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AU - Moreira, Henrique T.

AU - Trad, Henrique S.

AU - Wu, Katherine Chih-Ching

AU - Braggion-Santos, Maria Fernanda

AU - Santos, Marcel K.

AU - Maciel, Benedito C.

AU - Pazin-Filho, Antonio

AU - Marin-Neto, José Antonio

AU - Lima, Joao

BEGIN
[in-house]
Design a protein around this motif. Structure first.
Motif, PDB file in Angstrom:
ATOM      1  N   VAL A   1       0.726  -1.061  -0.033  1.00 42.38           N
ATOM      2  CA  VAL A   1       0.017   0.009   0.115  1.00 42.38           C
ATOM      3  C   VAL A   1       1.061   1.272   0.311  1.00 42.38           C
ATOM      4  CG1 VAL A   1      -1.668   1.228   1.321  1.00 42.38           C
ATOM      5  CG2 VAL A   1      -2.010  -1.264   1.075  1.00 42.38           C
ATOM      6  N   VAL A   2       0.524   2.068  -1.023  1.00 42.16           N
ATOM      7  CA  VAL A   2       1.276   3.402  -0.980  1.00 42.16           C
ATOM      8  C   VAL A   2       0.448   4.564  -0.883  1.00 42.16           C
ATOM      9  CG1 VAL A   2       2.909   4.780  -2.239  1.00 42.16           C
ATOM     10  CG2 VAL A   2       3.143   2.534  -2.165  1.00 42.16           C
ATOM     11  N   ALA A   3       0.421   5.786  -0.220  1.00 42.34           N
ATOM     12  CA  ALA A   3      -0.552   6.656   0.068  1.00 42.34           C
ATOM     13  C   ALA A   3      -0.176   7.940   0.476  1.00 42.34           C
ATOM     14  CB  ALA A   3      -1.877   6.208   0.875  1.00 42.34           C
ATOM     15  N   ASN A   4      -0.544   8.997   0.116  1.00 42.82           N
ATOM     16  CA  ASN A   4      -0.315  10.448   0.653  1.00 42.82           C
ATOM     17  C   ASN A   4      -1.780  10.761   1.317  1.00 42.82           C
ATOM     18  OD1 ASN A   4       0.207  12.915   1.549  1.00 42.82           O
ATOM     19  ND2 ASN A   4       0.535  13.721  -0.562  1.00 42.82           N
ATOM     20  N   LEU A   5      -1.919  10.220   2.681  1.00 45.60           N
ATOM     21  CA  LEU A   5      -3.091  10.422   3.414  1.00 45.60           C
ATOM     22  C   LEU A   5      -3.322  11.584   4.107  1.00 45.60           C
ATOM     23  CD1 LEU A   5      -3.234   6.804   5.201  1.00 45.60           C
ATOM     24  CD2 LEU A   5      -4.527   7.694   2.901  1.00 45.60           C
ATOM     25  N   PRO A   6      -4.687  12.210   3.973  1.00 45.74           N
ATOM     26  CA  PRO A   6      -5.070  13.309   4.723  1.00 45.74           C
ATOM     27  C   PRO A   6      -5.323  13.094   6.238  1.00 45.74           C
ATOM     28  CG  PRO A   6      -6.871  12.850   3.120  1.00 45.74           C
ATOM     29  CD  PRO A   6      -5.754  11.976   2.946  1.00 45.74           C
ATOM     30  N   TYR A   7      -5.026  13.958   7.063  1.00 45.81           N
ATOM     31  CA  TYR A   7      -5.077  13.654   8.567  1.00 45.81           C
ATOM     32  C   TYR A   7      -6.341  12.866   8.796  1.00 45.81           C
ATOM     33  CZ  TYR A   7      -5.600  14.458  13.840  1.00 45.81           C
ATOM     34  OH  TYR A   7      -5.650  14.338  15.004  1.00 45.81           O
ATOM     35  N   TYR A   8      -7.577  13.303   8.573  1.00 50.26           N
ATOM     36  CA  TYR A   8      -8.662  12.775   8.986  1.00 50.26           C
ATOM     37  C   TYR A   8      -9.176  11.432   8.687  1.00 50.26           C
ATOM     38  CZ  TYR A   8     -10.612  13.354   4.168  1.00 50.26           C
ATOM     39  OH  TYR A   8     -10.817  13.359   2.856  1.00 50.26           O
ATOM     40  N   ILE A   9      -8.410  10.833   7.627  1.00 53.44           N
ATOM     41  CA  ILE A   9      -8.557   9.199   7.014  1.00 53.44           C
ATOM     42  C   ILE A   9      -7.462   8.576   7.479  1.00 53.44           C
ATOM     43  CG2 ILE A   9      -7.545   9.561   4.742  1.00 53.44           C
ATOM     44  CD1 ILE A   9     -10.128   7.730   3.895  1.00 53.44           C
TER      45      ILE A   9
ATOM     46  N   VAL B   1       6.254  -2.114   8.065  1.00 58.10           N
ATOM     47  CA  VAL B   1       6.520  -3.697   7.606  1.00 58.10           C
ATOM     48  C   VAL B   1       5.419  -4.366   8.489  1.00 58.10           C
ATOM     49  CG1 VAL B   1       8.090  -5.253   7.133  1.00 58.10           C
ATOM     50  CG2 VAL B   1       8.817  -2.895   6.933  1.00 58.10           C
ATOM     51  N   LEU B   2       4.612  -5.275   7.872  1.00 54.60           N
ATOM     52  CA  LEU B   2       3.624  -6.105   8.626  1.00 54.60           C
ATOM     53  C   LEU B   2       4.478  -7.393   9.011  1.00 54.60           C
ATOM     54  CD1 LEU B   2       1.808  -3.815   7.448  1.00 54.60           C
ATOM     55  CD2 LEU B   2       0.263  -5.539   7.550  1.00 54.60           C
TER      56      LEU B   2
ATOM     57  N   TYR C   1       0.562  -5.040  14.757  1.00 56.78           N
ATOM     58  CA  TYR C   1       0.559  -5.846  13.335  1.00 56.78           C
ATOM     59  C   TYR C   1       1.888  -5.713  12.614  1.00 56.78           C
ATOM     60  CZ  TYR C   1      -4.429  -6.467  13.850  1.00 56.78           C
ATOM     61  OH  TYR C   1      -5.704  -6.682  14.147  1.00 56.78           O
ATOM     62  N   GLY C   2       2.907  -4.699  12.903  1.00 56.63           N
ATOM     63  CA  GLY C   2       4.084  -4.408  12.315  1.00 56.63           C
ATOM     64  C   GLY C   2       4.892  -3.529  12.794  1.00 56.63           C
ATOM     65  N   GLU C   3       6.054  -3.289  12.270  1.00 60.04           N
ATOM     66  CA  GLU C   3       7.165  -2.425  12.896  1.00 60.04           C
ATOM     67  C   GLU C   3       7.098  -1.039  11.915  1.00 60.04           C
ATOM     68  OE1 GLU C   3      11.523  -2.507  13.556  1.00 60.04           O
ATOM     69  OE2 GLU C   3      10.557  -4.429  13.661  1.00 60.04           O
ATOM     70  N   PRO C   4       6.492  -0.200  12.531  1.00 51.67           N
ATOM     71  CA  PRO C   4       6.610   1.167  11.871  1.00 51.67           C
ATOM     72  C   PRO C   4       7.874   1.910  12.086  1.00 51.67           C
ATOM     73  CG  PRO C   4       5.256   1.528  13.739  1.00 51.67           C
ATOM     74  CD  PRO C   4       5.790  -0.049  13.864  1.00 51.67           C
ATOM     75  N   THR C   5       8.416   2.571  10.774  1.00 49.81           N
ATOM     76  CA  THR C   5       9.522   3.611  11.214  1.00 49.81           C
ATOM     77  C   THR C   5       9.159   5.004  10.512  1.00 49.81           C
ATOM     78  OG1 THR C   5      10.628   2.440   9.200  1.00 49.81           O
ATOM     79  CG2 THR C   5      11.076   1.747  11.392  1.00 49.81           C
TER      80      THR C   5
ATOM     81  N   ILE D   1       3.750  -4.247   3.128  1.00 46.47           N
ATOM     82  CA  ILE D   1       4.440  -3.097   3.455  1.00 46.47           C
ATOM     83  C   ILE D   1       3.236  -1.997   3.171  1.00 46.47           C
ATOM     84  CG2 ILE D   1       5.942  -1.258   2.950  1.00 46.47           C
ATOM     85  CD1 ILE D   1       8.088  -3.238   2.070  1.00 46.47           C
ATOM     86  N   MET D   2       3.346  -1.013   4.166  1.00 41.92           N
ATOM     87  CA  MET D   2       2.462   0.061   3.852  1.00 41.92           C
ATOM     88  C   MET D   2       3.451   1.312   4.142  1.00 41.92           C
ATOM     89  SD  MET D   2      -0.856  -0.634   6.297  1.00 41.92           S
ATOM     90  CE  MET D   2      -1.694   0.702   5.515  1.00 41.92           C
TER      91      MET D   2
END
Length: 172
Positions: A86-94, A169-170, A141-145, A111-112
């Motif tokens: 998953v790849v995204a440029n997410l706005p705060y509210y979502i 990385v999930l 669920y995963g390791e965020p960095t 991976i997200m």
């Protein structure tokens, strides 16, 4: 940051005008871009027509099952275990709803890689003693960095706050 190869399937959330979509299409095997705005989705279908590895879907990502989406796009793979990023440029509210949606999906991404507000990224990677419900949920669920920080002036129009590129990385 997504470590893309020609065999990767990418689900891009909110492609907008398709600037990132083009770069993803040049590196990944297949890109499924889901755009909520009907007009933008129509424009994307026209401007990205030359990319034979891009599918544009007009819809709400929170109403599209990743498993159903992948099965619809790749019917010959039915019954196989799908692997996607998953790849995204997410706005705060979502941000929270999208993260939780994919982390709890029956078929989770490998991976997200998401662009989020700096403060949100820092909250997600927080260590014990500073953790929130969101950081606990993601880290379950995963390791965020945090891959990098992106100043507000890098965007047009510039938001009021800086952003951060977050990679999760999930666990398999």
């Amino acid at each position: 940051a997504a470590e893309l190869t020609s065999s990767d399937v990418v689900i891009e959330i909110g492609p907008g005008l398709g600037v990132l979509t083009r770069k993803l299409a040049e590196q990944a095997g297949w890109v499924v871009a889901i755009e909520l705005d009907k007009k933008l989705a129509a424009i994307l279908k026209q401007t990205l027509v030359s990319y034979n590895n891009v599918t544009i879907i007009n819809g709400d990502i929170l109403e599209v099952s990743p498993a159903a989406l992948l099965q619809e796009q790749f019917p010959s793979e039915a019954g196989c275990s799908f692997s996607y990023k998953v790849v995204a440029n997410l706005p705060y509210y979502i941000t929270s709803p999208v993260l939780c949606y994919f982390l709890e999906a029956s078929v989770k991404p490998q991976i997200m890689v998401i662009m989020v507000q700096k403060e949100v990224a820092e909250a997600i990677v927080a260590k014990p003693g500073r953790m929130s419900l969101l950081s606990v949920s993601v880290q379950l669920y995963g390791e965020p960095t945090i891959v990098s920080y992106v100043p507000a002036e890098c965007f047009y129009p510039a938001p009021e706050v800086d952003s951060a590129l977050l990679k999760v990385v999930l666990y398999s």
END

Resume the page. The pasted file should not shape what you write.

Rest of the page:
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N2 - Background: Patients with chronic Chagas cardiomyopathy (CCC) have pronounced myocardial fibrosis, which may predispose to sudden cardiac death, despite well-preserved global left ventricular (LV) systolic function. Cardiac magnetic resonance can assess myocardial fibrosis by late gadolinium enhancement (LGE) sequences. Objectives: This prospective study evaluated if the presence of scar by LGE predicted hard adverse outcomes in a cohort of patients with CCC. Methods: A prospective cohort of 140 patients with CCC (52.1% female; median age 57 years [interquartile range: 45 to 67 years]) were included. Cardiac magnetic resonance cine and LGE imaging were performed at enrollment with a 1.5-T scanner. The primary endpoint was the combination of cardiovascular death and sustained ventricular tachycardia. The secondary endpoint was the combination of cardiovascular death, sustained ventricular tachycardia, or cardiovascular hospitalization during follow-up. Results: After a median of 34 months (interquartile range: 24 to 49 months) of follow-up, 11 cardiovascular deaths, 3 episodes of sustained ventricular tachycardia, and 20 cardiovascular hospitalizations were recorded. LGE scar was present in 71.4% of the patients, with the lateral, inferolateral, and inferior walls most commonly affected. Patients with positive LGE had lower LV ejection fraction and higher LV end-diastolic volume and LV mass than patients without LGE. No difference in other cardiovascular risk factors was noted. Patients with scar had higher event rates compared with those without scar for the primary (p = 0.043) and the secondary (p = 0.016) endpoint. In multivariable analysis, age and LGE area were related to primary outcome; age and lower LV ejection fraction were related to the secondary outcome. The pattern of LGE myocardial fibrosis was transmural, focal, or diffuse scar in approximately one-third of patients with positive LGE, and no pattern was specifically related to outcomes. Conclusions: In patients with CCC, presence of scar by LGE is common and is strongly associated with major adverse outcomes.